The deduction is heavily used in pricey cities like San Francisco, New York and Boston. Under current tax law, homeowners can deduct interest on mortgages of up to $1 million. But under the House plan unveiled Thursday, that cap would be reduced to $500,000.
San Francisco home buyers — where the median price was even higher at $1.1 million — would face particular difficulties in affording homes as a result.
If a buyer took out an $800,000 mortgage on a $1 million home under the current system, the interest on the entire mortgage would be deductible. At a 4.5 percent interest rate, the deductible interest on a 30-year mortgage would start out at roughly $4,000 a month. Under the new proposal, three-eighths of that payment — about $1,500 — would no longer be deductible.
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“In parts of the country where home prices aren’t even at that price point, then it makes no difference whatsoever,” said Rick Turley, vice president and managing broker at Alain Pinel Realtors in San Francisco.
But this plan, he said, is aimed directly at coastal cities with pricey real estate.
The administration said the $1.51 trillion plan is an “important step toward providing massive tax relief for the American people.” Most Americans will not be affected by the proposed change because they have either already paid off their homes or have mortgages that are less than $500,000.
But, in the Bay Area, experts say the new plan would make the notoriously expensive and competitive housing market even less attractive for buyers.
According to a September report by Zillow, 99 percent of homes in the San Francisco metro area are worth enough money to make the mortgage interest deduction worth it. In Los Angeles, that number is 96 percent. In the St. Louis area, only 13 percent of homes are worth enough for the deduction. Around Pittsburgh, only 10 percent see a benefit.
Under the proposed tax bill, which includes an increase in the standard deduction, those percentages would drop significantly: 59 percent in San Francisco; 30 percent in Los Angeles; 1 percent in St. Louis; and less than 1 percent in Pittsburgh.
“Middle- and upper-middle-income people are going to be worse off,” said Ken Rosen, chair at UC Berkeley’s Fisher Center for Real Estate and Urban Economics, arguing that its backers are motivated by partisan concerns against heavily Democratic coastal cities. “This is a bait-and-switch plan. It is very anti-housing, it is revenge, and it is a big, big mistake.”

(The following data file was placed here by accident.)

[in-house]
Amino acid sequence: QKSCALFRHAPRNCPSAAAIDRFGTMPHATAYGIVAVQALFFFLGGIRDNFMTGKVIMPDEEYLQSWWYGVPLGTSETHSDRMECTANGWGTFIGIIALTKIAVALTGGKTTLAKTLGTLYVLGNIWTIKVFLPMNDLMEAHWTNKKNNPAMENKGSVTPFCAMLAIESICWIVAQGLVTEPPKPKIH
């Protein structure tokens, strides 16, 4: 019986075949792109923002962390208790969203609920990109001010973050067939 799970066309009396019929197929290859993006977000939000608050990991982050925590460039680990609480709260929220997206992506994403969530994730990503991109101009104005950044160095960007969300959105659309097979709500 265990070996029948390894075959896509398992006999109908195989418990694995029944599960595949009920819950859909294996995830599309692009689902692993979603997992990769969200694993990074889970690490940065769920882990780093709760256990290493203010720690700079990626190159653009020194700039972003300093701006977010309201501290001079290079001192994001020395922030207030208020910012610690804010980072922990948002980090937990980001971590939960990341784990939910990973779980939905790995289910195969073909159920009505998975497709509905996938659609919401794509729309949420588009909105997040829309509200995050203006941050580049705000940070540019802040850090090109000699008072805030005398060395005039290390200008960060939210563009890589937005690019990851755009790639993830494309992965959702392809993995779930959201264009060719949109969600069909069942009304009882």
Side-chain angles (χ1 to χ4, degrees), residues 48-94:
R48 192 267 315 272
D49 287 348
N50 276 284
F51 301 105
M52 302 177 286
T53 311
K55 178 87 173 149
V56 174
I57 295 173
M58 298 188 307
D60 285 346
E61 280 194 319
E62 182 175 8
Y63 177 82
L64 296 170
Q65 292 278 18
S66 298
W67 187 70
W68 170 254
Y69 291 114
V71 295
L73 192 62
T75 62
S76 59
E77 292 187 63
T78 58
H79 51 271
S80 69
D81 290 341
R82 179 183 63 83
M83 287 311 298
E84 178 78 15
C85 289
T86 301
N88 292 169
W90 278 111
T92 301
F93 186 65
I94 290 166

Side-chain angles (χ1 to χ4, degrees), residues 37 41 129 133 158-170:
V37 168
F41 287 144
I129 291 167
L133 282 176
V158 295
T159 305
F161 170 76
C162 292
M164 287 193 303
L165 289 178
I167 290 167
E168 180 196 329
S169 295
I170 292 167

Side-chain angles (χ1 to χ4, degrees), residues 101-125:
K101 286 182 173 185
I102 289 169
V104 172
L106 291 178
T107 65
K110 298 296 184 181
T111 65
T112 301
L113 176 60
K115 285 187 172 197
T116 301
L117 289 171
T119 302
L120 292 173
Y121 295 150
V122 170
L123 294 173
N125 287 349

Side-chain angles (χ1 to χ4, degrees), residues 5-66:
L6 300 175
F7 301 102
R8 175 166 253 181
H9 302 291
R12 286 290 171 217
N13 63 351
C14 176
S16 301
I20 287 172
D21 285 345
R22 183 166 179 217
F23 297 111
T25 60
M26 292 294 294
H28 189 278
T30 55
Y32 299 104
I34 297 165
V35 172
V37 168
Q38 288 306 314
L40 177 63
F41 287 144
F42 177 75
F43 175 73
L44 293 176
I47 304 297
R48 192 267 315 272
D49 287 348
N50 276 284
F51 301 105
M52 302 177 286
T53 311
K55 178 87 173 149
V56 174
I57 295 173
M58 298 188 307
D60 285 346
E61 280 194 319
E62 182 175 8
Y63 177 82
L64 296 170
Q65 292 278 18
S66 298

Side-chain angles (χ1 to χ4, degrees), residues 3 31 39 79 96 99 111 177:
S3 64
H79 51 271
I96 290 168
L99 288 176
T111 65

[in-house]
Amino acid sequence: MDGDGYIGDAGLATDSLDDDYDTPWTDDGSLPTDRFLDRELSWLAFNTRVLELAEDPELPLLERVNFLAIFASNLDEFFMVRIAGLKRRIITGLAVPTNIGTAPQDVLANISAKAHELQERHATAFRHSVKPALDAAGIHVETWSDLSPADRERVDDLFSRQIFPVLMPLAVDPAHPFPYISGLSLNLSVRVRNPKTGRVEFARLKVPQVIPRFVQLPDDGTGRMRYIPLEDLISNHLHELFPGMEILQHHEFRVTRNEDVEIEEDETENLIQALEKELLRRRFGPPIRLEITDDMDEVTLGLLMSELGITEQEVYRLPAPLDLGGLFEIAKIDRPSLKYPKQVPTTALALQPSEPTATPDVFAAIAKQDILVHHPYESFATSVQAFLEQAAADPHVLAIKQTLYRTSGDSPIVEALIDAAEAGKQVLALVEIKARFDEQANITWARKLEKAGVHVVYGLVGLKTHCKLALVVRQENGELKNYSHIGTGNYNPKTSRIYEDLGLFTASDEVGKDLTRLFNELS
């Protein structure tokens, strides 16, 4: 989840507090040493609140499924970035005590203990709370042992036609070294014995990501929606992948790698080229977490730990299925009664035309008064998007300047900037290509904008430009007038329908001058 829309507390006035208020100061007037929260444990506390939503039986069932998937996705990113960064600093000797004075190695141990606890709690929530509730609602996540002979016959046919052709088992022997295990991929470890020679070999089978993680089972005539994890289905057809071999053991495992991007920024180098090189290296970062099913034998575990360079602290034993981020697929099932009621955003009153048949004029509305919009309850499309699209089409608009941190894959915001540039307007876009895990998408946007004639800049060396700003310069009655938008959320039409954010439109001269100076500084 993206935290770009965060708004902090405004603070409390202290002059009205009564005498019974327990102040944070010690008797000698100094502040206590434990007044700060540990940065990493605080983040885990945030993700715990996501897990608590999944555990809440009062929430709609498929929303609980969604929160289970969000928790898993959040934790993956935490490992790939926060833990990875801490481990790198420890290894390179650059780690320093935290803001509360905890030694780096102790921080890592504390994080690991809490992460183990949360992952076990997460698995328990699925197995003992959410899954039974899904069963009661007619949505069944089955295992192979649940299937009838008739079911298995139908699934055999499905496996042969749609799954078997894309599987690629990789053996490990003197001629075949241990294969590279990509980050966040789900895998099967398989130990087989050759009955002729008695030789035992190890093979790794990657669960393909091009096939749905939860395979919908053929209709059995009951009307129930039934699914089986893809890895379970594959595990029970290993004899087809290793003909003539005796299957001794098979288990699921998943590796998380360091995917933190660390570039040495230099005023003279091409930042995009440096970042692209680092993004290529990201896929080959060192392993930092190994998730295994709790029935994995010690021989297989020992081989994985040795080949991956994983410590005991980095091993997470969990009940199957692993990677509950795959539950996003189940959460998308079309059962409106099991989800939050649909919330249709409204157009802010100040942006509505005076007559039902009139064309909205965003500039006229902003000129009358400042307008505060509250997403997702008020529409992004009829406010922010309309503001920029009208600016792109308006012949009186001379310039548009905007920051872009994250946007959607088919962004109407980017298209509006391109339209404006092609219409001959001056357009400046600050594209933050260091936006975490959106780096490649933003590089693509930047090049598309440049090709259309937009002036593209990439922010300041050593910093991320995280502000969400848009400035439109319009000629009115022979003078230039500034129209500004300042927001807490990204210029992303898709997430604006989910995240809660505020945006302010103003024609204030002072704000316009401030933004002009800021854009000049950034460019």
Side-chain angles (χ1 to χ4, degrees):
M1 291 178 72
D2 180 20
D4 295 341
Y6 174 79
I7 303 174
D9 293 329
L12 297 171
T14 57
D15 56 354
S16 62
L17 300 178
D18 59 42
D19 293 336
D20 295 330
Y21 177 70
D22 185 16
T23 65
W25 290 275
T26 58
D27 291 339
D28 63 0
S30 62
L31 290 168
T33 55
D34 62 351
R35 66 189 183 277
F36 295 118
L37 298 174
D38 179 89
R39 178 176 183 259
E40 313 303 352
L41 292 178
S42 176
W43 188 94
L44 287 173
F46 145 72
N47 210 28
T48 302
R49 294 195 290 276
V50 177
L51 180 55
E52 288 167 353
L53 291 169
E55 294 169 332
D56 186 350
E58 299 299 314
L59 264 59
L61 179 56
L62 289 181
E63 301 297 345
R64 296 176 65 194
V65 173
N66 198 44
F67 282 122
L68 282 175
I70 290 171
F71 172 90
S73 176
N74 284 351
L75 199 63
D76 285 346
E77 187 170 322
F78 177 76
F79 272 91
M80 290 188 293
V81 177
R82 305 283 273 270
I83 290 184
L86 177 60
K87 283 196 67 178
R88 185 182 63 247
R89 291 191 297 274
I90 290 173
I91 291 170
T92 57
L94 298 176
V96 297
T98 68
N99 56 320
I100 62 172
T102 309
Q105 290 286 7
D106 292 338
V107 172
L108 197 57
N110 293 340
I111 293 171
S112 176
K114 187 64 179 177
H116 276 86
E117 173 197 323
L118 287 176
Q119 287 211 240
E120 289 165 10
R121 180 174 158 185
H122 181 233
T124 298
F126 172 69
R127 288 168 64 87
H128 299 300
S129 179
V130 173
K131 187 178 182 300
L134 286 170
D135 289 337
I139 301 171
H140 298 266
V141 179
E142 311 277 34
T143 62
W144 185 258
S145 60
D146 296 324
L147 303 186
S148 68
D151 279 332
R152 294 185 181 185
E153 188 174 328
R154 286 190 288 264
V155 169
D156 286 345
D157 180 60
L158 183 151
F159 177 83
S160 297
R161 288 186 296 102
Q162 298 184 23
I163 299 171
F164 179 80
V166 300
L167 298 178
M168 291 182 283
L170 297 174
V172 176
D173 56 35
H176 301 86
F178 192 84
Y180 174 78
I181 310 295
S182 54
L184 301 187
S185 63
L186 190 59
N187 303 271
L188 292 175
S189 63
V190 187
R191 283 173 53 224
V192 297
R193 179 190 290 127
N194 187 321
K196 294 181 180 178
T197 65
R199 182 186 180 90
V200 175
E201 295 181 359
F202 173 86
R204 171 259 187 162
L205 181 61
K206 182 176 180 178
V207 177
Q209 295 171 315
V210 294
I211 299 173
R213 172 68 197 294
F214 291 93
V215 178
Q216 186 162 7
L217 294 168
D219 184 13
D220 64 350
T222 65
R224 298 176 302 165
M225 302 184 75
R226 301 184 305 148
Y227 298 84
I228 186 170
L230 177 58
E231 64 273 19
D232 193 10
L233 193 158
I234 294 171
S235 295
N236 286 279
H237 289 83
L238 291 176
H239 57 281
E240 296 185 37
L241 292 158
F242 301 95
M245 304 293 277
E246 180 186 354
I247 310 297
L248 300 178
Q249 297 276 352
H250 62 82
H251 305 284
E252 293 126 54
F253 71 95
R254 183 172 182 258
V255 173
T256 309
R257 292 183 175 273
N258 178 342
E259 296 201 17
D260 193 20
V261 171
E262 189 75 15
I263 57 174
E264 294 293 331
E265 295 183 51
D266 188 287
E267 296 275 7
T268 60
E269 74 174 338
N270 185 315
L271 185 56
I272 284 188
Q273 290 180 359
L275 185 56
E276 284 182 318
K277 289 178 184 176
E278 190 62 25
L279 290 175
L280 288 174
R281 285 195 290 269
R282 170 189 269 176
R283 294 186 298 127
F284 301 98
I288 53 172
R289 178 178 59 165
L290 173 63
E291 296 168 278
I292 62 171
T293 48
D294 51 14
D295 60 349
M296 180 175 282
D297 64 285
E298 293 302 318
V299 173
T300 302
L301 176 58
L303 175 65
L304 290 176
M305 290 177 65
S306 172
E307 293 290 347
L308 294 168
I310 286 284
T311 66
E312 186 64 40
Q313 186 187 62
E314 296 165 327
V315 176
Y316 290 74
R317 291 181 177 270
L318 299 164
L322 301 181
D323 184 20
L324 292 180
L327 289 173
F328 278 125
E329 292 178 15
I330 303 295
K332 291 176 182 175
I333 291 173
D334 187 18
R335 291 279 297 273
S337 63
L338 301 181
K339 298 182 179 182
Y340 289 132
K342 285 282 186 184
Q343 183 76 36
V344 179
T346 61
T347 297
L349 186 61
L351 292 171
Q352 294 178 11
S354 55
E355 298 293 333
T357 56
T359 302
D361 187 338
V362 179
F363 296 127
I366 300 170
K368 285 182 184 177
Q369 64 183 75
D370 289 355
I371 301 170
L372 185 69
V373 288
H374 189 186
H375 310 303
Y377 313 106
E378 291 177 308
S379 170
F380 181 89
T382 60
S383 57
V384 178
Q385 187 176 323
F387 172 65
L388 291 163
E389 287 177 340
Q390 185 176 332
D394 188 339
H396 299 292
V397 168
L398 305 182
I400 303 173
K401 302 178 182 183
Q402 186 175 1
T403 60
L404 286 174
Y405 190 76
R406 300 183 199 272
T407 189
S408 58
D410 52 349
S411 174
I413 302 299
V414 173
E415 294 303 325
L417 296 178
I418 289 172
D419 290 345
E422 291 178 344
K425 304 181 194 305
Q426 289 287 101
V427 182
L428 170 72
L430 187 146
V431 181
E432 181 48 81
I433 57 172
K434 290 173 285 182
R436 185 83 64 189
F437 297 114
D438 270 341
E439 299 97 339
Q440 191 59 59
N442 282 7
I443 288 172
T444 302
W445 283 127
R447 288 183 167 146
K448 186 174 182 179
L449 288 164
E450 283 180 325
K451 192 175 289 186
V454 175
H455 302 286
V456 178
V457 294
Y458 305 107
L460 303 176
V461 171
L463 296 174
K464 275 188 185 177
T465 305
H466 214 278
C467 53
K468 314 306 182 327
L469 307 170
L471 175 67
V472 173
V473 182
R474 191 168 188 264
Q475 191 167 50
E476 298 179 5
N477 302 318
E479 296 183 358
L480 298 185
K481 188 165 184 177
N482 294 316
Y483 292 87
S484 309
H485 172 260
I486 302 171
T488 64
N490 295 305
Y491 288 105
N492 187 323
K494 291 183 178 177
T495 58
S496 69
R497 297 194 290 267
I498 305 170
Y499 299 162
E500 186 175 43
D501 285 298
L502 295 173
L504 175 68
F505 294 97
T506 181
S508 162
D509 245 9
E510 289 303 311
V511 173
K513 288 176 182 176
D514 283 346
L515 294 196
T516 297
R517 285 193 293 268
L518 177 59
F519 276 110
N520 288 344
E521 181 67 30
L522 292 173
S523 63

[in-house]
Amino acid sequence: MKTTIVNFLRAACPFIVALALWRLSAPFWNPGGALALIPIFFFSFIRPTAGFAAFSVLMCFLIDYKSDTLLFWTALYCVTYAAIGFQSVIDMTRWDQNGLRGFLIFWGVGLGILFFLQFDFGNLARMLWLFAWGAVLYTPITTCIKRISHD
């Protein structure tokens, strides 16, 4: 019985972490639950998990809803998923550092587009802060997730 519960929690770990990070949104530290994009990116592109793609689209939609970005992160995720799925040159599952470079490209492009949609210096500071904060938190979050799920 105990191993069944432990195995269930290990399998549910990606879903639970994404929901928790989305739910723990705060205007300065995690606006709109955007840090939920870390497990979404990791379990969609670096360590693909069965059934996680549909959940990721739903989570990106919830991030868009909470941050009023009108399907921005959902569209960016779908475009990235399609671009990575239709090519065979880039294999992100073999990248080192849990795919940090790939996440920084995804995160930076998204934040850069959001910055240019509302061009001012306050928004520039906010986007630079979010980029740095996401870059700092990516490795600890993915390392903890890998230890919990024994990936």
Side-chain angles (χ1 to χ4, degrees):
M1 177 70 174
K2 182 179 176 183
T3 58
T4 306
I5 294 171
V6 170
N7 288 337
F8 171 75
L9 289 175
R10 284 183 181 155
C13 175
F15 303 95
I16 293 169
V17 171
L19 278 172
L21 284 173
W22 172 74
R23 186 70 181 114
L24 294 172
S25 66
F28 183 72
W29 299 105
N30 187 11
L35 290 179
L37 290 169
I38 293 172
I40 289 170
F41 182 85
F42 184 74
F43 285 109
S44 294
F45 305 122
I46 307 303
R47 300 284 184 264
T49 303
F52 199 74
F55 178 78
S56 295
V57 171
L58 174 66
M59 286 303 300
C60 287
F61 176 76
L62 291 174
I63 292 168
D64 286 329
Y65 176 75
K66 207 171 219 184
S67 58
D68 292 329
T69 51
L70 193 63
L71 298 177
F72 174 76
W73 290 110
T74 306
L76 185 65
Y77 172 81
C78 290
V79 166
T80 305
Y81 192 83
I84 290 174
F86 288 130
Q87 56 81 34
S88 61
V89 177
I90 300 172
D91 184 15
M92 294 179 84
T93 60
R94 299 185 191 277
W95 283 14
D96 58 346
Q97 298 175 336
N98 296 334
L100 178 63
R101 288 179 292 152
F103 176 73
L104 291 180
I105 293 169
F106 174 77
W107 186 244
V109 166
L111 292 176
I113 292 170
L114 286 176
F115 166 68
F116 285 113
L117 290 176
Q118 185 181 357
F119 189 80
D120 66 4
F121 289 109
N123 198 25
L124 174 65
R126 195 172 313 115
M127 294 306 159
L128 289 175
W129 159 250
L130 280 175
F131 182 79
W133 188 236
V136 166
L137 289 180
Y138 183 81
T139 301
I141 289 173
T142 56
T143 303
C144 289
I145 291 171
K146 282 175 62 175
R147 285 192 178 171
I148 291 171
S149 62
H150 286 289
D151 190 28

The National Association of Realtors refused to support the bill Thursday, saying that it threatens home values and will put homeownership out of reach for middle-class families.
In theory, the new tax code could deter buyers from overbidding for a home and therefore eventually bring prices down. But experts are pessimistic that would be the case in the Bay Area, where demand far outstrips supply.
Aaron Terrazas, a senior economist at Zillow, said that, in the short term, this lack of tax incentive may not change buyers’ behavior — but the effects will manifest in other ways.
“The reality is that when people go to buy a home, they are not exclusively thinking of the deduction,” he said. “They are not going to easily change where they live, but the effects will come out of consumer spending. They may have less savings or be less likely to buy a car.”
On Thursday, the Republican National Committee hailed the tax reform bill that “overhauls our nation’s outdated tax code.” The party organization said the bill would give families bigger paychecks, encourage small business growth and jump-start the economy.
But when it comes to housing in San Francisco, opinions on the bill are much bleaker.
“The rest of the country probably perceives our median purchase price (of $1.1 million) as a very luxurious home,” Turley said. “But that’s just our median home.”
Trisha Thadani is a San Francisco Chronicle staff writer. Email: firstname.lastname@example.org Twitter: @TrishaThadani